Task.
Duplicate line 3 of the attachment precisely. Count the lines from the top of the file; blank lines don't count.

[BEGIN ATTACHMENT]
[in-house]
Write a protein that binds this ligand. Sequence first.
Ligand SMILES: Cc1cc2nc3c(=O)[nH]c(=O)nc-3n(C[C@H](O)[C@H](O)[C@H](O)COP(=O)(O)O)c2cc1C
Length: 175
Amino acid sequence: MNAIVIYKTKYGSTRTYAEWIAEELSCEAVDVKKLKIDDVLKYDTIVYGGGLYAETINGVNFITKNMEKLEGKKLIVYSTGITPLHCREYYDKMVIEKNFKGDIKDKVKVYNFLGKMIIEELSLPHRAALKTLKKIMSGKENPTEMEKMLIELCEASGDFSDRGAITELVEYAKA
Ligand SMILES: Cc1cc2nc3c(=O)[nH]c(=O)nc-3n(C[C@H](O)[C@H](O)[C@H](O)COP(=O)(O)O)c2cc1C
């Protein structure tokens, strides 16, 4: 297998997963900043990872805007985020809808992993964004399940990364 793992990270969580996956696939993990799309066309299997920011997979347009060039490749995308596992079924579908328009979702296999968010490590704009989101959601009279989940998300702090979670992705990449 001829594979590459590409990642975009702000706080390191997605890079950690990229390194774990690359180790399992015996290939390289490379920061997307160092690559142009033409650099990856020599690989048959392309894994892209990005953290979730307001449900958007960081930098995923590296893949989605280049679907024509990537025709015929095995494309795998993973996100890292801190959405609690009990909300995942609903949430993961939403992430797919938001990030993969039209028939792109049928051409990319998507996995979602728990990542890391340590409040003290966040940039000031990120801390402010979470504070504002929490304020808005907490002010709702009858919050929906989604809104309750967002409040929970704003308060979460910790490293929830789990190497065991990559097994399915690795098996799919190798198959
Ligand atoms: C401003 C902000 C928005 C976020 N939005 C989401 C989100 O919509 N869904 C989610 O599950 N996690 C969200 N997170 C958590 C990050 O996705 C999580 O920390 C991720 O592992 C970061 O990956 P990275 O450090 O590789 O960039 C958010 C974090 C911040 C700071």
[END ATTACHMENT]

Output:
Ligand SMILES: Cc1cc2nc3c(=O)[nH]c(=O)nc-3n(C[C@H](O)[C@H](O)[C@H](O)COP(=O)(O)O)c2cc1C